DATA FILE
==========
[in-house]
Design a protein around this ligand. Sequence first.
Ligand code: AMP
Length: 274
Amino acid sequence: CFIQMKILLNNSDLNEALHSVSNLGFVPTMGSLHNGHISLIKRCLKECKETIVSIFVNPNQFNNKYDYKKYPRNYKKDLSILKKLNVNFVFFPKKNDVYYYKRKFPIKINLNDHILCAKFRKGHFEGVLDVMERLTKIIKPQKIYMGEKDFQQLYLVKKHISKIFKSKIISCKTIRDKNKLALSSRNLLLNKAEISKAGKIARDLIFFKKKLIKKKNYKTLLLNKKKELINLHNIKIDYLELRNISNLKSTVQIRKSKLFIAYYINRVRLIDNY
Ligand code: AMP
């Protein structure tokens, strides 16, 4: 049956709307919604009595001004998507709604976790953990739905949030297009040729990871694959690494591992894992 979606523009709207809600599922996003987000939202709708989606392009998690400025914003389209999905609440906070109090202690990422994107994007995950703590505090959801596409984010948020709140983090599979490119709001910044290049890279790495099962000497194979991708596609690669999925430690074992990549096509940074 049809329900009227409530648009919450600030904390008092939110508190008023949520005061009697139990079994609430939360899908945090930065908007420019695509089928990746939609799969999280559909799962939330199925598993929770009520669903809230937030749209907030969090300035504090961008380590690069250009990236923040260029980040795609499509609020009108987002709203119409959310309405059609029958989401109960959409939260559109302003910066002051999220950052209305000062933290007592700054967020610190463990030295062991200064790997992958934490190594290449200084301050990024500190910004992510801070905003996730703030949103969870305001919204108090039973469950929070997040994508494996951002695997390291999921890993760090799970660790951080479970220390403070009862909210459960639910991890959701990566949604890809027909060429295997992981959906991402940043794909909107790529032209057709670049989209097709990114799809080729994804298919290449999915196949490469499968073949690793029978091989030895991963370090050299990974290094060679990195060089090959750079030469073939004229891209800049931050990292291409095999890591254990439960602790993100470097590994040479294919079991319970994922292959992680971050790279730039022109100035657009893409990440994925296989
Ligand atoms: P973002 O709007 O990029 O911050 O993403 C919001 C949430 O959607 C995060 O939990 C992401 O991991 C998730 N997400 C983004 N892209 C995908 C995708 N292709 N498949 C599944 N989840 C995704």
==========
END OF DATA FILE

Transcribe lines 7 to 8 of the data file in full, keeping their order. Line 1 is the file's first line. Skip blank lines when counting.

């Protein structure tokens, strides 16, 4: 049956709307919604009595001004998507709604976790953990739905949030297009040729990871694959690494591992894992 979606523009709207809600599922996003987000939202709708989606392009998690400025914003389209999905609440906070109090202690990422994107994007995950703590505090959801596409984010948020709140983090599979490119709001910044290049890279790495099962000497194979991708596609690669999925430690074992990549096509940074 049809329900009227409530648009919450600030904390008092939110508190008023949520005061009697139990079994609430939360899908945090930065908007420019695509089928990746939609799969999280559909799962939330199925598993929770009520669903809230937030749209907030969090300035504090961008380590690069250009990236923040260029980040795609499509609020009108987002709203119409959310309405059609029958989401109960959409939260559109302003910066002051999220950052209305000062933290007592700054967020610190463990030295062991200064790997992958934490190594290449200084301050990024500190910004992510801070905003996730703030949103969870305001919204108090039973469950929070997040994508494996951002695997390291999921890993760090799970660790951080479970220390403070009862909210459960639910991890959701990566949604890809027909060429295997992981959906991402940043794909909107790529032209057709670049989209097709990114799809080729994804298919290449999915196949490469499968073949690793029978091989030895991963370090050299990974290094060679990195060089090959750079030469073939004229891209800049931050990292291409095999890591254990439960602790993100470097590994040479294919079991319970994922292959992680971050790279730039022109100035657009893409990440994925296989
Ligand atoms: P973002 O709007 O990029 O911050 O993403 C919001 C949430 O959607 C995060 O939990 C992401 O991991 C998730 N997400 C983004 N892209 C995908 C995708 N292709 N498949 C599944 N989840 C995704």